Local artist takes part in Titanic performance

The performance artists from Bbeyond in action. INLM1612-300con
The performance artists from Bbeyond in action. INLM1612-300con

LURGAN artist Paul King was involved in a piece of performance art as part of the Titanic anniversary celebrations.

Paul’s part in the performance art piece involved him walking around for two hours with a very full glass of water - he assures us it’s much tougher than it sounds.

Paul King is a picture of concentration. INLM1612-301con

Paul King is a picture of concentration. INLM1612-301con

The conceptual project took place in the Titanic building on Monday, April 2, to mark the day, 100 years ago when the Titanic was tested to see if it was seaworthy.

41-year-old Paul was invited by artist Alastair MacLennan to be involved in a performance organised alongside American performance artist Marilyn Arsem called ‘Holding Time’.

The piece involved narrators reciting texts, diary entries, newspaper reports and other relevant material relating to the Harland and Wolff shipyard on April 2, 1912.

Paul said: “While this was being recited, we the performance artists from Bbeyond, walked through the room and the audience whilst holding a large glass filled to near overflowing with water.

Performance artists mingle with the audience. INLM1612-302con

Performance artists mingle with the audience. INLM1612-302con

“We had to walk very slowly so as not to spill the water, this walk across the room in the Titanic Belfast building lasted for an hour, this whole performance was done twice on the day, morning and then afternoon.”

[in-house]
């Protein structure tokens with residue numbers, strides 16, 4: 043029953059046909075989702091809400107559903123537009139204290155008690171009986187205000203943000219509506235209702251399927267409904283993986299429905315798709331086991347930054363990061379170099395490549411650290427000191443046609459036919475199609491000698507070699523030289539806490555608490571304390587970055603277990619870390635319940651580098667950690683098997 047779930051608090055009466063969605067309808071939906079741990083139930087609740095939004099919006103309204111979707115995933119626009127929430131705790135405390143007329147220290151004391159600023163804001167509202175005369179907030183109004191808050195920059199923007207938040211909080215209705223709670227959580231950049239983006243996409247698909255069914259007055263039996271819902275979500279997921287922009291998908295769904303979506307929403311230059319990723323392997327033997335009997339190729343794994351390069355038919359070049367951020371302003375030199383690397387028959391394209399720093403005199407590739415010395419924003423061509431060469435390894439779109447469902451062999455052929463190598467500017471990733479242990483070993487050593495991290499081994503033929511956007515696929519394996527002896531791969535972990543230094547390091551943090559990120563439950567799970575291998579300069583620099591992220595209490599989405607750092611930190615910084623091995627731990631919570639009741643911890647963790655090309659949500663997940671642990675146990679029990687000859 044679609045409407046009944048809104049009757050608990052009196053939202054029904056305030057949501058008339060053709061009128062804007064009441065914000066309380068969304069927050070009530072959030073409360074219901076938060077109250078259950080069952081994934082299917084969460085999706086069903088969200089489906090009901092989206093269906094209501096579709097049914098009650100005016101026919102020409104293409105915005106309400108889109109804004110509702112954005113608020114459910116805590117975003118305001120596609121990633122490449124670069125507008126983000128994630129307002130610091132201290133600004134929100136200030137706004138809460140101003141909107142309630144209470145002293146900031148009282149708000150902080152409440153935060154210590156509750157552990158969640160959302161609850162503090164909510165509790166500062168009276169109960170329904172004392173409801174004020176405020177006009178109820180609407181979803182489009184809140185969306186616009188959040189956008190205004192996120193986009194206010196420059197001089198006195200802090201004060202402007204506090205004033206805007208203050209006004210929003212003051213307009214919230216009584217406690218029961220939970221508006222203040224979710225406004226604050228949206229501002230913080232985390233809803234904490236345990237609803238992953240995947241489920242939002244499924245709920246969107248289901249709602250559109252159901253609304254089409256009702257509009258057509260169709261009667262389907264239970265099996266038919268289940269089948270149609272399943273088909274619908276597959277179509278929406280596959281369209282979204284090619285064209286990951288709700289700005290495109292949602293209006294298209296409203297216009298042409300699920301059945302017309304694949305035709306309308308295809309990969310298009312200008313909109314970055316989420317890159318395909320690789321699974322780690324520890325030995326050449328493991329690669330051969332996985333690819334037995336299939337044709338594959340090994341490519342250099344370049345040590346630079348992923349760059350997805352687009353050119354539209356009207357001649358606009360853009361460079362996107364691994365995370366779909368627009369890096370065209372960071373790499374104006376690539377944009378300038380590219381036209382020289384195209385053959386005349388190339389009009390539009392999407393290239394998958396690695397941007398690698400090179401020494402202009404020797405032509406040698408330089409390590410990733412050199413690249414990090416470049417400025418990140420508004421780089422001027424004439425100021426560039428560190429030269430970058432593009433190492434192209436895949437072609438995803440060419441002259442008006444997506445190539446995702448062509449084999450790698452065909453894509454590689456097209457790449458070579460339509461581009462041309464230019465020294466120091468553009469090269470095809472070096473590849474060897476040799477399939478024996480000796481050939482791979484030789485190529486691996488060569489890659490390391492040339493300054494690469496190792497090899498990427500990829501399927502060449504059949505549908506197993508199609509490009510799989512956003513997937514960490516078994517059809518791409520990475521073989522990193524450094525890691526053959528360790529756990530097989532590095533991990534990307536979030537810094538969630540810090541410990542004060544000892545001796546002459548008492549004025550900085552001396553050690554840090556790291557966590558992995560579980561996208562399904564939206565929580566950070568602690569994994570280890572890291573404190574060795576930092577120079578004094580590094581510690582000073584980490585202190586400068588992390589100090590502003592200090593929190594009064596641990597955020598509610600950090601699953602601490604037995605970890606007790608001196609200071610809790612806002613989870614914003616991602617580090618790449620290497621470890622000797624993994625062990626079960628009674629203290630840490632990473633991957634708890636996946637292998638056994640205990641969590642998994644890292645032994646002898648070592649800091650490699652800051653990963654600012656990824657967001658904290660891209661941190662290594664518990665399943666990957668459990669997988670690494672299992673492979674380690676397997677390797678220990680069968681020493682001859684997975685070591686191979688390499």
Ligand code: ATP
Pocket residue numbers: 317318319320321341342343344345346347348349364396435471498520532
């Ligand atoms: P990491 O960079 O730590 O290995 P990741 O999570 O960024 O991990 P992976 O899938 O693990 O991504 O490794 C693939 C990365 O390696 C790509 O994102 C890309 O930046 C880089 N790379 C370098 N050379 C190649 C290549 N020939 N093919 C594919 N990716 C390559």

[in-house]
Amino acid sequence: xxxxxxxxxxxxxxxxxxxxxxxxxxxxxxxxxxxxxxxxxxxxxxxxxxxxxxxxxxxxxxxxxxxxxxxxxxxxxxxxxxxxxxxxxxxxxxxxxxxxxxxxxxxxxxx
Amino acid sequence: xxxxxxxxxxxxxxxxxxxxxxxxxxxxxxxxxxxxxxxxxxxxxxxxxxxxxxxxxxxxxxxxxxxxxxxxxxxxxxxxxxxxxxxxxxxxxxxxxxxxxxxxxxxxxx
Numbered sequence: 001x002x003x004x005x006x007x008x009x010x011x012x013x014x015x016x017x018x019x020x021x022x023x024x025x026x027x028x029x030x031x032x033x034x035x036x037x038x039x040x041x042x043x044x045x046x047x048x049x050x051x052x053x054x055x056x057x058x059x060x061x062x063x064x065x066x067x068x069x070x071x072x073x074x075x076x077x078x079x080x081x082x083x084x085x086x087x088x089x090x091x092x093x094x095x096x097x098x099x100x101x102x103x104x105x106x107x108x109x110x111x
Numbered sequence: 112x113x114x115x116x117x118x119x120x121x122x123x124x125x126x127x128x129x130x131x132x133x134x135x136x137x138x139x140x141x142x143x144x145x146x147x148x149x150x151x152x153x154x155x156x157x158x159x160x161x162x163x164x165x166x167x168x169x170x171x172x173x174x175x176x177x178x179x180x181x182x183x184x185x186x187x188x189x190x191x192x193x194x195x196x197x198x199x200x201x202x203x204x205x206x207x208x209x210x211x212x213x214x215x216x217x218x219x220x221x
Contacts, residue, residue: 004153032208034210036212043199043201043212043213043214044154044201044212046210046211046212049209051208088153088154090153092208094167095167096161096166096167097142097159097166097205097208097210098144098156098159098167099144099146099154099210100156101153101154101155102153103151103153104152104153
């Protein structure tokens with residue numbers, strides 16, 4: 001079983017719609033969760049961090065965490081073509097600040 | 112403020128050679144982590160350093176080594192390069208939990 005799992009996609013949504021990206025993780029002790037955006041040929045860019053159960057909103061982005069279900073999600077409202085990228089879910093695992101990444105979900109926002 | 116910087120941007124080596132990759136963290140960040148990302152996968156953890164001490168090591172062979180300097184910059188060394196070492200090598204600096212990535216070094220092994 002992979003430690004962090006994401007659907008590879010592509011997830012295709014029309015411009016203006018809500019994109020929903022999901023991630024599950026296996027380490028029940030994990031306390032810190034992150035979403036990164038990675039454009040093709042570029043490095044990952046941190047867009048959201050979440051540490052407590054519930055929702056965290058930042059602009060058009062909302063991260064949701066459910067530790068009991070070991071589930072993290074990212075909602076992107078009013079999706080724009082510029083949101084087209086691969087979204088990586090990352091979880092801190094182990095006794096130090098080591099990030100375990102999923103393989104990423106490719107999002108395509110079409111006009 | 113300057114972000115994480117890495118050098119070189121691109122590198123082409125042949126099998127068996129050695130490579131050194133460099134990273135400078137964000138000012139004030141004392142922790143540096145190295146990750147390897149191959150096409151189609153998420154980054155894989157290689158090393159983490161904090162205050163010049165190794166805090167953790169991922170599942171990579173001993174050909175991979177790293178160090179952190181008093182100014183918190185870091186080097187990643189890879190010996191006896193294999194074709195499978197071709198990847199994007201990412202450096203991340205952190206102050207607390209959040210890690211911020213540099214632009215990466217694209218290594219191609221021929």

As well as being a member of Bbeyond, a group committed to promoting the practice of performance art and artists in Northern Ireland and further afield, Paul also runs North Armagh Artists Collective.

He added: “We were all wearing carnations and we had to dress in black with no shoes. It was to make it a solemn occasion. The carrying of the water can be interpreted in different ways.

“We were walking so slow as to not spill a drop. If any spilled, Alastair came round with a jug to fill us up again. Thankfully no one got soaked.

“It doesn’t look like much, but if you were to try it you’d soon know about it.

“Performance artists are used to doing this kind of thing. We were all sore by the end of it. You’re using muscles you wouldn’t normally use.”